Project description

The “Annandale International Islamic Center” is a project focusing on cultural, social, historical and environmental factors, envisioning a space for Edinburgh’s Muslim community to gather and socialise, hold events and integrate easily in the high-density Leith Walk area of the capital. The project thus aims to bring the local community together, specifically to fight the rising hate crimes and discriminations the Muslim minority faces in the UK daily with an invitation for new, previously unlikely conversations between Muslims and non-Muslims.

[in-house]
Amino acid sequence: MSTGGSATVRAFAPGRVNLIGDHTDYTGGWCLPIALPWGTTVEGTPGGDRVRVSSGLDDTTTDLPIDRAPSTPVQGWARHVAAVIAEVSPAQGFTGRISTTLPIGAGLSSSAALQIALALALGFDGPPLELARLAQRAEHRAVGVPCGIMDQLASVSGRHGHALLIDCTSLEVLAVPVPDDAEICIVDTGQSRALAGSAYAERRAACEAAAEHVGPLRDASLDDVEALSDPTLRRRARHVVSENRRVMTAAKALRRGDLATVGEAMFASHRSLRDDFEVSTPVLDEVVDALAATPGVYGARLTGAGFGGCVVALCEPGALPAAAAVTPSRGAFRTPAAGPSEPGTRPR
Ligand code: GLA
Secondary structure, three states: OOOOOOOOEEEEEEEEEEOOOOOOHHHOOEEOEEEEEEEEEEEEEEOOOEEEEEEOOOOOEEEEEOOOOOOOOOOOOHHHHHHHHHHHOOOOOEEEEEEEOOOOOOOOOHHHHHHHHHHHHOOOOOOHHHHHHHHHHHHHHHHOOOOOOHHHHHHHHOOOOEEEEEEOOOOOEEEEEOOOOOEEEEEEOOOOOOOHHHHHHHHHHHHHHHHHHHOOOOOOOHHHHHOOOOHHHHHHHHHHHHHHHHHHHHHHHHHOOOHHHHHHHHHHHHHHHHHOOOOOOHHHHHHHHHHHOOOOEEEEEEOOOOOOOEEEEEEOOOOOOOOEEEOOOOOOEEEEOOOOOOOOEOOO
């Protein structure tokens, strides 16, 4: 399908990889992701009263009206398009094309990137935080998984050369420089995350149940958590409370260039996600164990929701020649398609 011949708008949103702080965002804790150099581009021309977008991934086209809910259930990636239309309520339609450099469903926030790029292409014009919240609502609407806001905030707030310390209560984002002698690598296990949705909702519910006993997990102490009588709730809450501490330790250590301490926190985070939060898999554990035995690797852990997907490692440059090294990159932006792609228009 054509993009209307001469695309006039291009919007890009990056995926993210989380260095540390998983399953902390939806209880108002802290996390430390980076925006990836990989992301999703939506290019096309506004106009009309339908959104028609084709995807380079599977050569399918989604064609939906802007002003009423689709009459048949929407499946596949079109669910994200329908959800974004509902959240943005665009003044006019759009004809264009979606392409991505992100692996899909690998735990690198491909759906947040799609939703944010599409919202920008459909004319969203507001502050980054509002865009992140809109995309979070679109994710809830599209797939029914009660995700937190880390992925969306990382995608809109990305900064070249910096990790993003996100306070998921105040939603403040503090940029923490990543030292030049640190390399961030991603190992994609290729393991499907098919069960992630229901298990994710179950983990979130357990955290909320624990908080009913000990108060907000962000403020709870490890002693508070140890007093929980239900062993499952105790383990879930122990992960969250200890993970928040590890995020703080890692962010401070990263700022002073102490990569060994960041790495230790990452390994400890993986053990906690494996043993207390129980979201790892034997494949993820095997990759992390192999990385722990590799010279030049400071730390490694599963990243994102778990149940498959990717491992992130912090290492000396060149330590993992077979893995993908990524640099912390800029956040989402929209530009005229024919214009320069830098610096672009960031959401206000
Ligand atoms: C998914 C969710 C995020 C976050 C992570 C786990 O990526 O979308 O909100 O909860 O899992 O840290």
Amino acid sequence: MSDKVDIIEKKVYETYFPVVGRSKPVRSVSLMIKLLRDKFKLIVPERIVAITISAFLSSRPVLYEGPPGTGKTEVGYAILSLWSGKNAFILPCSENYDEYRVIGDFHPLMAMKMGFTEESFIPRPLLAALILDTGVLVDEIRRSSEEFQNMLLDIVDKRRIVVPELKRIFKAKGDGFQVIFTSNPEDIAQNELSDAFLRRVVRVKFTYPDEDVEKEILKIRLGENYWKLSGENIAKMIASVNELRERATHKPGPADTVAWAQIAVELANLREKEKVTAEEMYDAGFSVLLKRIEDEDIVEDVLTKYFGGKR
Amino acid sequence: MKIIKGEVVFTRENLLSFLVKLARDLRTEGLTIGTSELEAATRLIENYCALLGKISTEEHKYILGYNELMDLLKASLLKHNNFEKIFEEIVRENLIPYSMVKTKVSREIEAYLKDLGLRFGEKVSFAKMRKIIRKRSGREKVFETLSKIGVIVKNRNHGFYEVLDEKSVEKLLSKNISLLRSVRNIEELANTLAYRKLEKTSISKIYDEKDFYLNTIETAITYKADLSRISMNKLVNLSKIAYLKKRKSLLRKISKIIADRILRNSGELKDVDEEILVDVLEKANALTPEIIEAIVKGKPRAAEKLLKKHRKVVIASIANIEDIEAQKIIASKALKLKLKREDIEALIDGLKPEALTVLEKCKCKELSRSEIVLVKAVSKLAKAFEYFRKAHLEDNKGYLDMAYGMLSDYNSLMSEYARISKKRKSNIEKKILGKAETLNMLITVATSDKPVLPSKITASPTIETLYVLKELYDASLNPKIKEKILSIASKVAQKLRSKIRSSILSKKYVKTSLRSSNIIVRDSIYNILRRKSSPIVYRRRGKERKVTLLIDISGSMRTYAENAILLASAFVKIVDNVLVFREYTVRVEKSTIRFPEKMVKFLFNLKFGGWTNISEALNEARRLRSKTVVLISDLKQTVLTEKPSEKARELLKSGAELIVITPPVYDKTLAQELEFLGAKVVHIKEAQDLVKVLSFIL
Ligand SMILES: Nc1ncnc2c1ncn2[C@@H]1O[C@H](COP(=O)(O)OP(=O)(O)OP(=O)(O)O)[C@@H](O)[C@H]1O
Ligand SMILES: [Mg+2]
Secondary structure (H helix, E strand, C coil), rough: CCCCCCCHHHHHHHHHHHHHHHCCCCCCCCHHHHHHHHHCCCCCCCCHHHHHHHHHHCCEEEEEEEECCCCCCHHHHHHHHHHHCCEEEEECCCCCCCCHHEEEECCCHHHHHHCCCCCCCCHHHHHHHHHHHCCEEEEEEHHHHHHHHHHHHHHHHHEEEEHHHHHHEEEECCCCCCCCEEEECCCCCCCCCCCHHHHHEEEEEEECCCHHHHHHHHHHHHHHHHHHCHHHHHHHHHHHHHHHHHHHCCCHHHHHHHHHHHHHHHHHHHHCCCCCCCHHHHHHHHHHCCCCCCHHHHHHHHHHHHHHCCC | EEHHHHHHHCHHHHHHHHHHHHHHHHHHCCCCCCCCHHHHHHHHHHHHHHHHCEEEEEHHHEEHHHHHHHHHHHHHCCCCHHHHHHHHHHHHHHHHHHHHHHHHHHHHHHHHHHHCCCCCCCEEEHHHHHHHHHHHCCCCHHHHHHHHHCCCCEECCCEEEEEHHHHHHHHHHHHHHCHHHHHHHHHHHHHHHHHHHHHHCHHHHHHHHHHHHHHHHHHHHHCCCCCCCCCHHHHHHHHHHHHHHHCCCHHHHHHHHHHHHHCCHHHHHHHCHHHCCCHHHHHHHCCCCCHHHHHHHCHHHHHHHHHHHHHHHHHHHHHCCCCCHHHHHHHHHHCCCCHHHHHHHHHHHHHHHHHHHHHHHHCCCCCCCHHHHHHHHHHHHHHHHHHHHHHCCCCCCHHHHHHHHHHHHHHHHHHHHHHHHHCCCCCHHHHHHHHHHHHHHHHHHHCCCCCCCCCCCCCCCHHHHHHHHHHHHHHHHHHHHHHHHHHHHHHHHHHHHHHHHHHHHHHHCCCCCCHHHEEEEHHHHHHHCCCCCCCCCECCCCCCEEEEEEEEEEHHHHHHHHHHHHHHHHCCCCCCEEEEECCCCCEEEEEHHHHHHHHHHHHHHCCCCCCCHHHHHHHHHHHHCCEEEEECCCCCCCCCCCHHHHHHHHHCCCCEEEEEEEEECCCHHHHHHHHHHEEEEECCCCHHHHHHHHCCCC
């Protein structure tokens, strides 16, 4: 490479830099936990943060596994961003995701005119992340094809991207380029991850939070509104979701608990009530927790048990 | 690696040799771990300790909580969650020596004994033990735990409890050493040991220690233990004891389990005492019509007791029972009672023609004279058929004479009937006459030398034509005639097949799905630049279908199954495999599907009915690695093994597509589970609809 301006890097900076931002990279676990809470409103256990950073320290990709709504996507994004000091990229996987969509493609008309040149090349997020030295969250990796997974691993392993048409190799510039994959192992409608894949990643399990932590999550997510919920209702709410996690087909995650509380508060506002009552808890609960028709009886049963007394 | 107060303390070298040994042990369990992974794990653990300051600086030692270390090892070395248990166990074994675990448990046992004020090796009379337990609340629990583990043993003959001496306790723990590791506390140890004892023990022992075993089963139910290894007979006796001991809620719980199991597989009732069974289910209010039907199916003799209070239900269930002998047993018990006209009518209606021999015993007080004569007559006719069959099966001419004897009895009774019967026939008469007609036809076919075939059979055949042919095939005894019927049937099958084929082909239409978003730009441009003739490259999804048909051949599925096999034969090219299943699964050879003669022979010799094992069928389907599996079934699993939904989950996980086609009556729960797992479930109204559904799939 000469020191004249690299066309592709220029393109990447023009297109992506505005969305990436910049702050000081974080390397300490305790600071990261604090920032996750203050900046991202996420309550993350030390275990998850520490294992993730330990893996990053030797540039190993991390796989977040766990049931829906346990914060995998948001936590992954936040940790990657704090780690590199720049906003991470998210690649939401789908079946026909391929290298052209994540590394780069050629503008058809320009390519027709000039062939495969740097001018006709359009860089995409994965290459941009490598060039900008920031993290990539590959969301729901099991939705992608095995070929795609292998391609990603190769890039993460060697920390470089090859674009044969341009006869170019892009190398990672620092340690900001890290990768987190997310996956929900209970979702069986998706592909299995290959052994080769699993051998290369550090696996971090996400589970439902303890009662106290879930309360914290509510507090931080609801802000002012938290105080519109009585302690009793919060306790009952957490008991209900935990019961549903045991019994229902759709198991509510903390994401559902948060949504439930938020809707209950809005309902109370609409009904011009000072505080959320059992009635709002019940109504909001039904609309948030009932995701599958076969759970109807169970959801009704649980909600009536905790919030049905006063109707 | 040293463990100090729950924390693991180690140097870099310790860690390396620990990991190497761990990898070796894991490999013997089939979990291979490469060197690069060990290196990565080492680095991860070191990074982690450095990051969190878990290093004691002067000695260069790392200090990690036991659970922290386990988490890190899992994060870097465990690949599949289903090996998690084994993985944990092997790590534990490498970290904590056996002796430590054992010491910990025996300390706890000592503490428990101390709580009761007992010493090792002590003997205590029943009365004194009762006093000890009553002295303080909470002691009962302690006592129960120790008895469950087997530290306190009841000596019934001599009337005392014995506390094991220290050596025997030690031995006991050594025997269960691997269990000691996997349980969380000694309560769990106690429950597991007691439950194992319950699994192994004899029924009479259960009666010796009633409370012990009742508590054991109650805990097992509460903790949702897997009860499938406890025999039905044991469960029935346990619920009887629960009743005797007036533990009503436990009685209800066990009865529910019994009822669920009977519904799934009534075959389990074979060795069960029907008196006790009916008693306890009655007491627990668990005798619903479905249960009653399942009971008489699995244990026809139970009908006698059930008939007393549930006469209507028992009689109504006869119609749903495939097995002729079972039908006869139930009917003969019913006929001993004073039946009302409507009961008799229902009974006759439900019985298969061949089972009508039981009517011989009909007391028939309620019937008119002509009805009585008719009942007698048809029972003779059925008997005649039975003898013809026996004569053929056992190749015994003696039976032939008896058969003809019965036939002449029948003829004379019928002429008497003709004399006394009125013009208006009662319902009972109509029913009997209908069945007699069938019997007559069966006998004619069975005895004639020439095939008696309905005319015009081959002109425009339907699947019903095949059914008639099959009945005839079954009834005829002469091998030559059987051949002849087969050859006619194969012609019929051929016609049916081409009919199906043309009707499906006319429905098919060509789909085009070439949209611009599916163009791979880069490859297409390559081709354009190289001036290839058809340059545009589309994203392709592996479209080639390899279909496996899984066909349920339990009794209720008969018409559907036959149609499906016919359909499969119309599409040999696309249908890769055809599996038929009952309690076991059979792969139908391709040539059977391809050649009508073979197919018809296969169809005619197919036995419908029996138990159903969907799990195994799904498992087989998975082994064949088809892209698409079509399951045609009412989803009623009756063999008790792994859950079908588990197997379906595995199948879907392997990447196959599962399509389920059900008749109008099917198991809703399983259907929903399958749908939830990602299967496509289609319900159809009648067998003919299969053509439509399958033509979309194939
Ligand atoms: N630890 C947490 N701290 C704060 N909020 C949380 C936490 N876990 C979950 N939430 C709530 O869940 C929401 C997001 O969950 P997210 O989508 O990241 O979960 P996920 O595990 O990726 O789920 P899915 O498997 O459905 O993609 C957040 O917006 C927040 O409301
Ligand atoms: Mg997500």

Utilising upcycling strategies was a main focus throughout the project, to limit the amount of waste produced during the envisioned construction process. 120,000,000 tons of waste was generated from construction, demolition and excavation, making up 60% of the UK’s total in 2014. Taking advantage of materials provided on-site tries to avoid this common practice of complete demolition. This commitment brought its own challenges, yet also provided for innovative ideas to incorporate otherwise wasted materials and textures to the building. Additionally, the importance of incorporating new sustainable materials throughout the project meant researching material benefits and disadvantages concerning reuse, recyclability and decomposition at the end of their life cycles. Considering this also meant ensuring components to be easily dismantled for further reuse.

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